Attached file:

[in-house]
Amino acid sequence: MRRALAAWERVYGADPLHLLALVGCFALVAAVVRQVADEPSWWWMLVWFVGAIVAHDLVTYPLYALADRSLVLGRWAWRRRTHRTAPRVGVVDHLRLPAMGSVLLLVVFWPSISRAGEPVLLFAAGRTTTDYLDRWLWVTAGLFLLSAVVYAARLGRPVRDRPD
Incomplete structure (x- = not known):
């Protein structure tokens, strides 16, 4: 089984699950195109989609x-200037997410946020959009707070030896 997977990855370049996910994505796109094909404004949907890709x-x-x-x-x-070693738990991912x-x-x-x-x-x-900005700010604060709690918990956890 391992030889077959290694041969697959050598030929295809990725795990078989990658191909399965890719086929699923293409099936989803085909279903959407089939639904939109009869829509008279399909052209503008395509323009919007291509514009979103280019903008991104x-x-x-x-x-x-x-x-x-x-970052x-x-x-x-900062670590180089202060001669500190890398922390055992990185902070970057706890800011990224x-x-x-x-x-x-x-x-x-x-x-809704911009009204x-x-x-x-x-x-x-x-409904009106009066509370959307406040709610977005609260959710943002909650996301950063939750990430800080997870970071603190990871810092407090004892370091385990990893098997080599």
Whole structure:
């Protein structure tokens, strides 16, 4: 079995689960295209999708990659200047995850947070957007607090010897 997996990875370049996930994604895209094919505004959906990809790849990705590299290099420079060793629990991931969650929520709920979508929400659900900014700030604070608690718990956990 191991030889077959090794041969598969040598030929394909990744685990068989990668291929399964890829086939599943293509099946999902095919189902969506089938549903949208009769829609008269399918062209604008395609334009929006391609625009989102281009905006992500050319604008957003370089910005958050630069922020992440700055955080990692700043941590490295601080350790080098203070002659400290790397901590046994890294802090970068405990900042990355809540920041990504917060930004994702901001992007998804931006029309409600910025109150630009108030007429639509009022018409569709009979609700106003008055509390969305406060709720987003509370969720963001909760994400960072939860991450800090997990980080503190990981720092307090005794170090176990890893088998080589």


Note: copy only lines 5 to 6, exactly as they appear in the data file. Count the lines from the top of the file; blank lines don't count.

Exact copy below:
Whole structure:
């Protein structure tokens, strides 16, 4: 079995689960295209999708990659200047995850947070957007607090010897 997996990875370049996930994604895209094919505004959906990809790849990705590299290099420079060793629990991931969650929520709920979508929400659900900014700030604070608690718990956990 191991030889077959090794041969598969040598030929394909990744685990068989990668291929399964890829086939599943293509099946999902095919189902969506089938549903949208009769829609008269399918062209604008395609334009929006391609625009989102281009905006992500050319604008957003370089910005958050630069922020992440700055955080990692700043941590490295601080350790080098203070002659400290790397901590046994890294802090970068405990900042990355809540920041990504917060930004994702901001992007998804931006029309409600910025109150630009108030007429639509009022018409569709009979609700106003008055509390969305406060709720987003509370969720963001909760994400960072939860991450800090997990980080503190990981720092307090005794170090176990890893088998080589």